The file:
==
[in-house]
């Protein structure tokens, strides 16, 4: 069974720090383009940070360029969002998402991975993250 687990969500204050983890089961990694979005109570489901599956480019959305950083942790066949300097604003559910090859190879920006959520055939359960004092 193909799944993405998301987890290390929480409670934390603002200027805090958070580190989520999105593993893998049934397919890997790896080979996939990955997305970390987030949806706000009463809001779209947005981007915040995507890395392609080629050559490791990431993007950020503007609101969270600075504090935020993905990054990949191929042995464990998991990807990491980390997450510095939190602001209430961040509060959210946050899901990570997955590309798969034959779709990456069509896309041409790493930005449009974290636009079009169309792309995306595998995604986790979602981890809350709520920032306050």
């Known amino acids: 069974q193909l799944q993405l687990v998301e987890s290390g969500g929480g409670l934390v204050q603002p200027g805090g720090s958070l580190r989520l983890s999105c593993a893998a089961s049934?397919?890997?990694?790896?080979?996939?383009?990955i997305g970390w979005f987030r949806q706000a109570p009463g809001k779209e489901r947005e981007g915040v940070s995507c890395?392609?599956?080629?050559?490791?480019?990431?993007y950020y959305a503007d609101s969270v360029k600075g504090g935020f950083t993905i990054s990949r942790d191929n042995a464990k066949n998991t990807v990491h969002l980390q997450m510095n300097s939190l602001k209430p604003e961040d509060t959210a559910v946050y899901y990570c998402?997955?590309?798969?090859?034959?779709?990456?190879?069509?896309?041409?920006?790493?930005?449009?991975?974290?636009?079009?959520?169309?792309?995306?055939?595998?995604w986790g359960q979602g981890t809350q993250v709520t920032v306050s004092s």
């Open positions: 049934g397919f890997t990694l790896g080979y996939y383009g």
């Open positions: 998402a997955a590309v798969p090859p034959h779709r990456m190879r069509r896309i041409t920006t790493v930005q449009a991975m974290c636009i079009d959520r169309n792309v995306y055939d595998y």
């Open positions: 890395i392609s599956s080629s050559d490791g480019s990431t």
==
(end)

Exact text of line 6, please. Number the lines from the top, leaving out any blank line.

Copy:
């Open positions: 890395i392609s599956s080629s050559d490791g480019s990431t």